In the year of the world, according to the Hebrew compu.. tation, 2736, in the month of Bel or May, and the 17th day of the moon's age, according to the relation of Amhergin, highpriest to this expedition, Ireland was invaded by a numerous body of feleet troops, from Galicia in Spain. After subduing the country, and etablishing their government on a permanent bafis, as shall be related in its place, they fet on foot an inquiry into the history and antiquities of the people thus reduced, how long they had been in the kingdom, and what colonies had preceded them, &c. The result of their researches produced the following relations, which have been as carefully transmitted from age to age, as those of their own particolar exploits, and these of their ancestors.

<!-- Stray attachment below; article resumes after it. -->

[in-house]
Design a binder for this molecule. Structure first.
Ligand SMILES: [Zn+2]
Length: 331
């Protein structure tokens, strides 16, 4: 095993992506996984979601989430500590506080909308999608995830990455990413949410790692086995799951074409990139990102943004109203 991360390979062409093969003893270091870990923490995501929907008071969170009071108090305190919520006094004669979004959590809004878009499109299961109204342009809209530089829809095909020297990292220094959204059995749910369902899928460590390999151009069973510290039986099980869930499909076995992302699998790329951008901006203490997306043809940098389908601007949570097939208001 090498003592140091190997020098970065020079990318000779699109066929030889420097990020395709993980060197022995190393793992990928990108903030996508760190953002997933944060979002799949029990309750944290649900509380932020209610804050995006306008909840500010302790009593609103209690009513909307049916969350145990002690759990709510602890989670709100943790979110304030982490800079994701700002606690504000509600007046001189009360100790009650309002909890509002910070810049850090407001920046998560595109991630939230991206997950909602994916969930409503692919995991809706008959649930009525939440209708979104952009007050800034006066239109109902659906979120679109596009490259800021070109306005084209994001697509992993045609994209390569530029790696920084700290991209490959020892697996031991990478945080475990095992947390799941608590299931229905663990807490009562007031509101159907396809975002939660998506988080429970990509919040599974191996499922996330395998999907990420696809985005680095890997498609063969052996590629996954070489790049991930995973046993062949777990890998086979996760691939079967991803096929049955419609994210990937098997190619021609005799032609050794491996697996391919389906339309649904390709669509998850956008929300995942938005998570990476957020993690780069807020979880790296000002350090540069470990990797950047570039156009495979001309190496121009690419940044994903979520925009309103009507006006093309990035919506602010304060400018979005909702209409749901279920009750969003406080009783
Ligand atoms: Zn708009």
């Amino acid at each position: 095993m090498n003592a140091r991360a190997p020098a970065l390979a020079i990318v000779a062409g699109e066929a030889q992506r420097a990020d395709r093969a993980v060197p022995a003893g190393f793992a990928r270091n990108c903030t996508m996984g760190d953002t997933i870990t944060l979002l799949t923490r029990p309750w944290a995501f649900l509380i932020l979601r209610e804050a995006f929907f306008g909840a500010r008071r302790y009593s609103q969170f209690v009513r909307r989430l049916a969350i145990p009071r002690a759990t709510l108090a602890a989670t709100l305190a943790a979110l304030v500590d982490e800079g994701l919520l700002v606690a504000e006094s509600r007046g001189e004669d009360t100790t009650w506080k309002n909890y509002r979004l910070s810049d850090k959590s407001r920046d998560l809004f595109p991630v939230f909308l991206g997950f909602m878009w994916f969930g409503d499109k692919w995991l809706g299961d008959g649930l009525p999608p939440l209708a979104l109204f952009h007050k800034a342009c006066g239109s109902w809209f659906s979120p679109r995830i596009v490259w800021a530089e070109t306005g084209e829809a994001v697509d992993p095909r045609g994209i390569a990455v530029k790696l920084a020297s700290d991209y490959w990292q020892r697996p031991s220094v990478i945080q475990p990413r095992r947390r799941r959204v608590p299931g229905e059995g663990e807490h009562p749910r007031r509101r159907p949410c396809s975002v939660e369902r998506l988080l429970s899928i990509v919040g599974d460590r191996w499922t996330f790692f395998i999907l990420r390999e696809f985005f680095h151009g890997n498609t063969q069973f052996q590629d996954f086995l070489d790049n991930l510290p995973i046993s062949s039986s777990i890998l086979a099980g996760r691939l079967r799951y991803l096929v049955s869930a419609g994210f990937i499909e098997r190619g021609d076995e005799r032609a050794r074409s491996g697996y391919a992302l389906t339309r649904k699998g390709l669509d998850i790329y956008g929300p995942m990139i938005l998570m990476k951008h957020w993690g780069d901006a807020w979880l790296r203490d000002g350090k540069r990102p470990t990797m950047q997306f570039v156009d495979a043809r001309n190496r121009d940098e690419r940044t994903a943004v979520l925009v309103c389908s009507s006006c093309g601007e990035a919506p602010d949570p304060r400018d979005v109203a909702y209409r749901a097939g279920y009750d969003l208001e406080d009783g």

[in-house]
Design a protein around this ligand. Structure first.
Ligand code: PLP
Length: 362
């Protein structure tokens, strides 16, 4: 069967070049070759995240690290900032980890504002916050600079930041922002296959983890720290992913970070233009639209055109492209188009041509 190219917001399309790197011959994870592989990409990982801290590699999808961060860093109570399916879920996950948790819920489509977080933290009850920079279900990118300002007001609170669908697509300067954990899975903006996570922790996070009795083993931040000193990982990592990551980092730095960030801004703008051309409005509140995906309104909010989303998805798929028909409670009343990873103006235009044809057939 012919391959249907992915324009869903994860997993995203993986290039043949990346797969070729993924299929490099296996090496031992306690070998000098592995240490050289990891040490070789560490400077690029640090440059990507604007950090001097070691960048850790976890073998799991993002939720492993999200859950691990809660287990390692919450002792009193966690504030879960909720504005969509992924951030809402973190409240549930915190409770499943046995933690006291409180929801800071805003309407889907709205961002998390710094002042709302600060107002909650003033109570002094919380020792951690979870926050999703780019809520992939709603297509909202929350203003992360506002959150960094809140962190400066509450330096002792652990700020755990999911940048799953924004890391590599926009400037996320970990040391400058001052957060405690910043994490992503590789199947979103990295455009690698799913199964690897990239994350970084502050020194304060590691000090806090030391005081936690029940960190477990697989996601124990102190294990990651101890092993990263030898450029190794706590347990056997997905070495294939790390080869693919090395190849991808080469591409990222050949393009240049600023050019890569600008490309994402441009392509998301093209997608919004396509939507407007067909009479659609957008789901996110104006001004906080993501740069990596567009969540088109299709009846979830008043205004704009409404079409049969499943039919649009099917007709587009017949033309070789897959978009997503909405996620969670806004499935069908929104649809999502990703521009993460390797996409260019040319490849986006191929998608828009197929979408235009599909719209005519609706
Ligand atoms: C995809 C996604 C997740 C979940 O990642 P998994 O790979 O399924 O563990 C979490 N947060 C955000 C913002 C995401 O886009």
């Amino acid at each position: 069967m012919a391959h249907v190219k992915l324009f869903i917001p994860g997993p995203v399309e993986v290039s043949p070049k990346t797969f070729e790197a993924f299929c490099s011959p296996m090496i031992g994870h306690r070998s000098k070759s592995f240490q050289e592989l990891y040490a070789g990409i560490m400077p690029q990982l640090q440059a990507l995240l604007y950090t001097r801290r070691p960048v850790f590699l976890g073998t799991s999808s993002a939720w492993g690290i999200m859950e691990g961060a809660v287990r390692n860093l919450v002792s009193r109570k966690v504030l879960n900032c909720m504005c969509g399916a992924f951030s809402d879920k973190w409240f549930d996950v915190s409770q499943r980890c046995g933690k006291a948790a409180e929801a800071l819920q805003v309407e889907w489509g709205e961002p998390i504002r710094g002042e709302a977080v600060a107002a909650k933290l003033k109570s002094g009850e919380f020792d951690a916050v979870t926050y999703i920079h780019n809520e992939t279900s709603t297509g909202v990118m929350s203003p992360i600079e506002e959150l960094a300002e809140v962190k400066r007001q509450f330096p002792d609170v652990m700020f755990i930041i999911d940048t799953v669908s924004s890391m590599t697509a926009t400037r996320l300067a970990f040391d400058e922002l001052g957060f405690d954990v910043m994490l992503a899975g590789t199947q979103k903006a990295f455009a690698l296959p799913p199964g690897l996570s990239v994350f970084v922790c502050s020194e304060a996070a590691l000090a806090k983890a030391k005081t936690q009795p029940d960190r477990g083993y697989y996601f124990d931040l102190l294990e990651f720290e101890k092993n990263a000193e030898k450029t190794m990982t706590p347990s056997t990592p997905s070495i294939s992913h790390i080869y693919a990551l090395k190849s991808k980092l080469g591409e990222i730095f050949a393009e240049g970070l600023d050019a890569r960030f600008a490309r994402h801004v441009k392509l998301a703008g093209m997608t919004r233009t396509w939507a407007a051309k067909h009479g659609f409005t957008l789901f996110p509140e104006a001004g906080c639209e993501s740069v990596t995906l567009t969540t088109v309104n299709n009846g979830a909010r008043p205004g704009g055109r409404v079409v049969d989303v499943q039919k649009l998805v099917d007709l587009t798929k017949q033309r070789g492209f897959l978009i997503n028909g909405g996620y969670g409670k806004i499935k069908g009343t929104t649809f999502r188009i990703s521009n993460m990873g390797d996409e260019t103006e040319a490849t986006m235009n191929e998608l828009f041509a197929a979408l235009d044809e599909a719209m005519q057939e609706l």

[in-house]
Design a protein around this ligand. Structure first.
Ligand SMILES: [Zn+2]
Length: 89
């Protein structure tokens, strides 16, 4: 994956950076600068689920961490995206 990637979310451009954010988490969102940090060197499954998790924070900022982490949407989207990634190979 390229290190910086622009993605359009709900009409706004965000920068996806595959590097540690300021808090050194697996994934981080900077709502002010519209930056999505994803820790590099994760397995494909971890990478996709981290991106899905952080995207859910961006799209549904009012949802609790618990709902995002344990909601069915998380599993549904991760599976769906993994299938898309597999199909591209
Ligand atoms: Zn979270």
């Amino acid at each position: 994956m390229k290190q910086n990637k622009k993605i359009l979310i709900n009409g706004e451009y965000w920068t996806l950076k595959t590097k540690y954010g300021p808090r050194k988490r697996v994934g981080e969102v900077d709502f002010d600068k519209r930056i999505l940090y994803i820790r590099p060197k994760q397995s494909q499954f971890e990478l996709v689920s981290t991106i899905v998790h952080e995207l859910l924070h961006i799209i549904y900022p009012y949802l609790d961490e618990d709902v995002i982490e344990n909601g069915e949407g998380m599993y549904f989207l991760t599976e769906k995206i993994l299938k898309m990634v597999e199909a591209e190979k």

• In the year of the world 1956, Partholan, the son of Seara, the son of Sru, the son of Easru, son of Framant, fun to 'Fathocda, the son of Magog, fon to Japhet, the son of Noah, landed in Ireland, accompanied by his wife, Ealga, or Ealgnait, his three sons, Rughraidhe, Slainge, and Laighline, with their wives, and. 1000 soldiers. The Book of Invasions, from which this relation is taken, fixes the time of his landing to be 278 yeårs after the flood ; but Mr. O'Flaherty makes it 35 years later; differences, however, of little consequence in transactions fo remote and uninteresting. The cause of his flying from his native country, Greece, we are told, was, the inhuman murder of his father and mother, with a resolution to cut off also his elder brother, in order to possess himlelf of the supreme command; but his parricide and villany were so universally deteft. ed, that he was compelled to fly the country, and seek new abodes, and at length, as we fee; with his followers reached Ireland. The Book of Conquests mentions—but as an affair not authenticated that before the arrival of Partholan, Ire.* land was possessed by a colony from Africa, under the command of Ciocall, between whom and the new comers a bloody battle was fought, in which the Africans were cut off.